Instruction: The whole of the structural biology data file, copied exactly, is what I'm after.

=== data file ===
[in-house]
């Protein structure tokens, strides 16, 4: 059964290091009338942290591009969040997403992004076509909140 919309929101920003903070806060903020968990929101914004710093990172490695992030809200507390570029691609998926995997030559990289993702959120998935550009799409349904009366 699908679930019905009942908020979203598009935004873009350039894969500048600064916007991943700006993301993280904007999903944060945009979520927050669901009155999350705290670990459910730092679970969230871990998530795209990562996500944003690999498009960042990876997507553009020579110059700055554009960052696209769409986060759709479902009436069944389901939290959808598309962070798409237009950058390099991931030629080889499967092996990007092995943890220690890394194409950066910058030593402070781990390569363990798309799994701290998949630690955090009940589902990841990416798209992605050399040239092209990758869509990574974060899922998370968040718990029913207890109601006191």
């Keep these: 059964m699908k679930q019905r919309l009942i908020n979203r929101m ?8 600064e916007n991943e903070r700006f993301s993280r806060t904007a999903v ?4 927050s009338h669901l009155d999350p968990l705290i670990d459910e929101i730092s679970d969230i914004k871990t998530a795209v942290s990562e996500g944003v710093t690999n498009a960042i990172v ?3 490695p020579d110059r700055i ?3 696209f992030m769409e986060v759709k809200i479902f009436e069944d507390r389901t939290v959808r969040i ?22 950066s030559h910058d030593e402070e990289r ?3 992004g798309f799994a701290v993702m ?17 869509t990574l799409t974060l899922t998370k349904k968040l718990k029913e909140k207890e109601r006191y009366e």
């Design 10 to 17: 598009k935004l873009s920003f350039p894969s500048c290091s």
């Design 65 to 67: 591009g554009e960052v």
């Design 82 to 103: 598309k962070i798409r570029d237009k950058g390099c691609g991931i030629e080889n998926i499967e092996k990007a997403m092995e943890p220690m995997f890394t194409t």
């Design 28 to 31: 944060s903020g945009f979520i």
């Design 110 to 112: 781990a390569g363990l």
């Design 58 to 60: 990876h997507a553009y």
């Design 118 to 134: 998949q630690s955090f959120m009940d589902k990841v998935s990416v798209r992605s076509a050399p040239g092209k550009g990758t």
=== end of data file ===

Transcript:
[in-house]
């Protein structure tokens, strides 16, 4: 059964290091009338942290591009969040997403992004076509909140 919309929101920003903070806060903020968990929101914004710093990172490695992030809200507390570029691609998926995997030559990289993702959120998935550009799409349904009366 699908679930019905009942908020979203598009935004873009350039894969500048600064916007991943700006993301993280904007999903944060945009979520927050669901009155999350705290670990459910730092679970969230871990998530795209990562996500944003690999498009960042990876997507553009020579110059700055554009960052696209769409986060759709479902009436069944389901939290959808598309962070798409237009950058390099991931030629080889499967092996990007092995943890220690890394194409950066910058030593402070781990390569363990798309799994701290998949630690955090009940589902990841990416798209992605050399040239092209990758869509990574974060899922998370968040718990029913207890109601006191």
């Keep these: 059964m699908k679930q019905r919309l009942i908020n979203r929101m ?8 600064e916007n991943e903070r700006f993301s993280r806060t904007a999903v ?4 927050s009338h669901l009155d999350p968990l705290i670990d459910e929101i730092s679970d969230i914004k871990t998530a795209v942290s990562e996500g944003v710093t690999n498009a960042i990172v ?3 490695p020579d110059r700055i ?3 696209f992030m769409e986060v759709k809200i479902f009436e069944d507390r389901t939290v959808r969040i ?22 950066s030559h910058d030593e402070e990289r ?3 992004g798309f799994a701290v993702m ?17 869509t990574l799409t974060l899922t998370k349904k968040l718990k029913e909140k207890e109601r006191y009366e």
């Design 10 to 17: 598009k935004l873009s920003f350039p894969s500048c290091s």
């Design 65 to 67: 591009g554009e960052v």
């Design 82 to 103: 598309k962070i798409r570029d237009k950058g390099c691609g991931i030629e080889n998926i499967e092996k990007a997403m092995e943890p220690m995997f890394t194409t």
């Design 28 to 31: 944060s903020g945009f979520i």
């Design 110 to 112: 781990a390569g363990l």
């Design 58 to 60: 990876h997507a553009y």
């Design 118 to 134: 998949q630690s955090f959120m009940d589902k990841v998935s990416v798209r992605s076509a050399p040239g092209k550009g990758t």